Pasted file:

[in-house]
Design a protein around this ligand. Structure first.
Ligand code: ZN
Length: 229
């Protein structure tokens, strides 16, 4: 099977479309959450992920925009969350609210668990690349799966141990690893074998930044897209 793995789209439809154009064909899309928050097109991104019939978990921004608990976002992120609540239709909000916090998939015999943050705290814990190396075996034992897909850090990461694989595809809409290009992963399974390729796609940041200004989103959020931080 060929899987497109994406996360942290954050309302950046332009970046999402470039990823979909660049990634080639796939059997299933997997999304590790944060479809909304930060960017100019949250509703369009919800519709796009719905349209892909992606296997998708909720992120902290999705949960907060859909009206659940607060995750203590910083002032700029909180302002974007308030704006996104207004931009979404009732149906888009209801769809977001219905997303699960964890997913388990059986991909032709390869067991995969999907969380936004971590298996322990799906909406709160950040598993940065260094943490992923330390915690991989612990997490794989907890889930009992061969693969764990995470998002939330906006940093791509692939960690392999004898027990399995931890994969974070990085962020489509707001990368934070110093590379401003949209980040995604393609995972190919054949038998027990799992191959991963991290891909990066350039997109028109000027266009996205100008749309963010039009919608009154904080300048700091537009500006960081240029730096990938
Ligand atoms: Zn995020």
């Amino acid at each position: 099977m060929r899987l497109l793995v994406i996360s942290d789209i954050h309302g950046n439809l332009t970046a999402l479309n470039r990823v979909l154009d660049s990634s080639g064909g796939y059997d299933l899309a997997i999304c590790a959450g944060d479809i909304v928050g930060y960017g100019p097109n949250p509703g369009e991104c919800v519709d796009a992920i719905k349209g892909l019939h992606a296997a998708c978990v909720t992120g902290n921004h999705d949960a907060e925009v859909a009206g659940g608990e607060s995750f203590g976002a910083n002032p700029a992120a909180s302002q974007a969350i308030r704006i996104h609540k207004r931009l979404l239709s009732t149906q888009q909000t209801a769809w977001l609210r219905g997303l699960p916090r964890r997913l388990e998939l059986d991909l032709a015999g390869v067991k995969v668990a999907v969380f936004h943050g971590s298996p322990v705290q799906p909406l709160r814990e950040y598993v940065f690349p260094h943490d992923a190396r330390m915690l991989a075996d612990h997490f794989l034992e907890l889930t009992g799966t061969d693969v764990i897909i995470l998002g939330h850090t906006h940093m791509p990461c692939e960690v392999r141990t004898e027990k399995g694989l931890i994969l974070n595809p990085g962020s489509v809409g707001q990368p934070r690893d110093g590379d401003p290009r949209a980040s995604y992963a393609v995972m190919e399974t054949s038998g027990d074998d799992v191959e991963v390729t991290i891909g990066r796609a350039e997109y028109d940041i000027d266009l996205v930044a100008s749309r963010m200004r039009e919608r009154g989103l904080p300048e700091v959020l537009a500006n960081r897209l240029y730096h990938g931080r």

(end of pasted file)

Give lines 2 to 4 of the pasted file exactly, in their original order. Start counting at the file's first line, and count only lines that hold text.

Design a protein around this ligand. Structure first.
Ligand code: ZN
Length: 229